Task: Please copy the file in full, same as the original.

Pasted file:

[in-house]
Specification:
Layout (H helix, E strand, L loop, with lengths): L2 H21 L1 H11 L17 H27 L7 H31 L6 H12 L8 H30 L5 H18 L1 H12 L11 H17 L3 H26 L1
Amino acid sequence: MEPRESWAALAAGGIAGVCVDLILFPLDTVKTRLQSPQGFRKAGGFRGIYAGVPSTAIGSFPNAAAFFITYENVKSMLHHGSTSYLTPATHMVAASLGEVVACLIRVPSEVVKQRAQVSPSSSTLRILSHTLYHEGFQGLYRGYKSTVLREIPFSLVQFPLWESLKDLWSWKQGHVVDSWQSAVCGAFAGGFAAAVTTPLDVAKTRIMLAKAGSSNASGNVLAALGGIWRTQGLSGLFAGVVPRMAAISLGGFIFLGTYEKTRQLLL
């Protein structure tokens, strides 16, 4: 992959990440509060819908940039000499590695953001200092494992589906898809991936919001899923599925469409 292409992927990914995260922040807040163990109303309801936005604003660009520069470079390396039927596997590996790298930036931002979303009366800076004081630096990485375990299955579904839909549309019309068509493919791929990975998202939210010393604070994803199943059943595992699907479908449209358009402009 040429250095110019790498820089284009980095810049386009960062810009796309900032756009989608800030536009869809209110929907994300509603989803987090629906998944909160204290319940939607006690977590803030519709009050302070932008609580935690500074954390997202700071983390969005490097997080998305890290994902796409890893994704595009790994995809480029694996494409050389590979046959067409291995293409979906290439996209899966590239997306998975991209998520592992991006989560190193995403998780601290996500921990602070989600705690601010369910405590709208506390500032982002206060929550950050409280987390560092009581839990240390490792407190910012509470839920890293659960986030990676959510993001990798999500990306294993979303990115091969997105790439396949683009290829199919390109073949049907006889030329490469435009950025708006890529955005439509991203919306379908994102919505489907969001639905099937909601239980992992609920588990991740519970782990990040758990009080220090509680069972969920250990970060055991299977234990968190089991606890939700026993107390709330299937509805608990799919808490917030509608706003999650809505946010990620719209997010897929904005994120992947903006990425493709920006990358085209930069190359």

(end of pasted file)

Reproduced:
[in-house]
Specification:
Layout (H helix, E strand, L loop, with lengths): L2 H21 L1 H11 L17 H27 L7 H31 L6 H12 L8 H30 L5 H18 L1 H12 L11 H17 L3 H26 L1
Amino acid sequence: MEPRESWAALAAGGIAGVCVDLILFPLDTVKTRLQSPQGFRKAGGFRGIYAGVPSTAIGSFPNAAAFFITYENVKSMLHHGSTSYLTPATHMVAASLGEVVACLIRVPSEVVKQRAQVSPSSSTLRILSHTLYHEGFQGLYRGYKSTVLREIPFSLVQFPLWESLKDLWSWKQGHVVDSWQSAVCGAFAGGFAAAVTTPLDVAKTRIMLAKAGSSNASGNVLAALGGIWRTQGLSGLFAGVVPRMAAISLGGFIFLGTYEKTRQLLL
């Protein structure tokens, strides 16, 4: 992959990440509060819908940039000499590695953001200092494992589906898809991936919001899923599925469409 292409992927990914995260922040807040163990109303309801936005604003660009520069470079390396039927596997590996790298930036931002979303009366800076004081630096990485375990299955579904839909549309019309068509493919791929990975998202939210010393604070994803199943059943595992699907479908449209358009402009 040429250095110019790498820089284009980095810049386009960062810009796309900032756009989608800030536009869809209110929907994300509603989803987090629906998944909160204290319940939607006690977590803030519709009050302070932008609580935690500074954390997202700071983390969005490097997080998305890290994902796409890893994704595009790994995809480029694996494409050389590979046959067409291995293409979906290439996209899966590239997306998975991209998520592992991006989560190193995403998780601290996500921990602070989600705690601010369910405590709208506390500032982002206060929550950050409280987390560092009581839990240390490792407190910012509470839920890293659960986030990676959510993001990798999500990306294993979303990115091969997105790439396949683009290829199919390109073949049907006889030329490469435009950025708006890529955005439509991203919306379908994102919505489907969001639905099937909601239980992992609920588990991740519970782990990040758990009080220090509680069972969920250990970060055991299977234990968190089991606890939700026993107390709330299937509805608990799919808490917030509608706003999650809505946010990620719209997010897929904005994120992947903006990425493709920006990358085209930069190359």